The Wrong User Input Reply is what the bot responds to if the validation fails (3). You can specify more answers, one for each row, which would be chosen according to the criteria specified in the Reply Pick Mode (4).
Max Wrong Answers (5) is the maximum number of wrong inputs the user can send before the question is skipped. It defaults to 0 (zero) to never give up on wrong inputs. The conversation is taken on hold until user input is valid or until the user if allowed, skips the question (6).
Right after that, I’ve configured two Variable Switch Actions to check variable value:
Basically, I’m telling Xenioo something like: “if the variable gender contains the value man (1), then Go To a specific Interaction (2)”, otherwise, “if the variable gender contains the value woman, then Go To another Interaction.
Testing the preview of this behavior will then generate this conversation: the chatbot asks for my gender, I reply with “male”, so I get the answer just designed for a male user.
Using the Variable Switch Action to execute operations based on the value of an existing variable you can, like I showed in this example, change the conversation flow redirecting the user to a different interaction.
The same could be accomplished even for Tags using the Tag Switch Action and it works the same way.
You can find both actions in the “Flow” category and they’re named “Tag Conditional Switch” and “Variable Conditional Switch”.
Chatbot Privacy Variables
As I mentioned before, Privacy Variables are very special variables. They are protected and can only be set up using the corresponding Privacy Opt-In Action. There’s no way to alter this variable value once is entered by the user in the conversation.
You can use this action to display a privacy opt-in request flag to the user. The user should choose to either accept or refuse your privacy terms. A file containing terms may be uploaded as Html or pdf.
As you can see in the image below, I’ve configured the privacy action to display my chatbot name.
Xenioo Dynamic Parsing lets you specify any variable inside any action or operation text field. Every variable will then replaced with its current value at runtime.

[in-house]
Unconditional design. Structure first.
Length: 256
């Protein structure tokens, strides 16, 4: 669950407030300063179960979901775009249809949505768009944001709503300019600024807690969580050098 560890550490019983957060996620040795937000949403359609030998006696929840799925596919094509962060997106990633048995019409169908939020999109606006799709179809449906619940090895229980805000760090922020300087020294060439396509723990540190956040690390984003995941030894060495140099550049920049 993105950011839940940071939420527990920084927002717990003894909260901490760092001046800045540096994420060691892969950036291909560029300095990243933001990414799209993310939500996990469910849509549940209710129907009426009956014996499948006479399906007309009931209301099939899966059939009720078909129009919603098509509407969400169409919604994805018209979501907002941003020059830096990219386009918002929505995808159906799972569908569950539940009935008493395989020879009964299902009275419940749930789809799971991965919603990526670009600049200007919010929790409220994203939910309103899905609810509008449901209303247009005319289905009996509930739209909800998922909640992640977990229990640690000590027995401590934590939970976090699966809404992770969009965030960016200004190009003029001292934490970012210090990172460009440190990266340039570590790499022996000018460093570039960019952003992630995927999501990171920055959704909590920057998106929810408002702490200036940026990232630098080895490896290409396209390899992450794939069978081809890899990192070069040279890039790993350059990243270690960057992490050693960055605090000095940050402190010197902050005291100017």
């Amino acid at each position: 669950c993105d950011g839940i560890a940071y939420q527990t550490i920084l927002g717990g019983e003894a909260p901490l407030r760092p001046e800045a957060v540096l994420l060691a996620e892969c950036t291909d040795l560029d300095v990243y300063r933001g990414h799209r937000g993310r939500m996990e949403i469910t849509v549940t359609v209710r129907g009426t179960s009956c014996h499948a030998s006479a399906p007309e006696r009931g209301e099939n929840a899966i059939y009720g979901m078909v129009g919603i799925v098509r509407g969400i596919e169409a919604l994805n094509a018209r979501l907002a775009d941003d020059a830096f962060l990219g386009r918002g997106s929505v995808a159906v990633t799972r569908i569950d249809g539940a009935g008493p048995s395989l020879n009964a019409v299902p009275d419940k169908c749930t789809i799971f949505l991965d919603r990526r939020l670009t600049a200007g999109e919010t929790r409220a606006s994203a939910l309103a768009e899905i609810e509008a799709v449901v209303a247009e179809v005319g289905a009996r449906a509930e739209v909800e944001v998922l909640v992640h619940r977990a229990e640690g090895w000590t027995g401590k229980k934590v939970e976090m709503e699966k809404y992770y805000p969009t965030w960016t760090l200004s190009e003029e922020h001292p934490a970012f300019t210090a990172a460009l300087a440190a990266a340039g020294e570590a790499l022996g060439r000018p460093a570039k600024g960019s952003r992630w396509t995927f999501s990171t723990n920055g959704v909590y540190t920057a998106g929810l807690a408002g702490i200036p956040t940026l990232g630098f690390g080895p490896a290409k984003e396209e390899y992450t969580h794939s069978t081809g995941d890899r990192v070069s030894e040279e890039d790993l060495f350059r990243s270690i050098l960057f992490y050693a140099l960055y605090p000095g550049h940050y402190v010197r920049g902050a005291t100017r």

Dynamic Parsing is supported in all text fields you can find in any actions or operations. You can even access a user-friendly editor just by clicking the small button that should appear in the top-right corner:
This button opens up the Variables Text Editor. From this editor, you can write your text and easily pick any variable you need to use in your text.
You can find detailed information on how Dynamic Parsing works from our online help.
Privacy Flag Switch Condition
Let’s go back to the privacy flow:
Using this action is very straightforward. I just have to decide between two values: “Enabled” and “Disabled” that correspond to the value assigned by the user “accept” or “refuse” response.
Use the “multichannel” variable
As I said previously, Xenioo provides a specified variable that identifies the channel the conversation is running on. This variable is named “bot_channel”.
This variable is very useful when you are building a multi-channel chatbot and need to optimize the flow for each specific channel.
Imagine having a user in your chatbot who expresses a clear purchase intention. If he is on the Facebook channel, it might be convenient to suggest that he visit your page’s Facebook Shop, for example. If, on the other hand, he’s chatting from the Web Channel, it would make more sense to link the page of your e-Commerce.
As you can see in the image below, I’ve optimized this example flow to best accommodate both scenarios.
To Sum Things Up…
As you have seen, chatbot variables and tags are fundamental tools we can use to create more functional, effective, and personalized conversations.
In the next lesson, we’ll proceed to more advanced topics, like how to effectively make questions and ask information.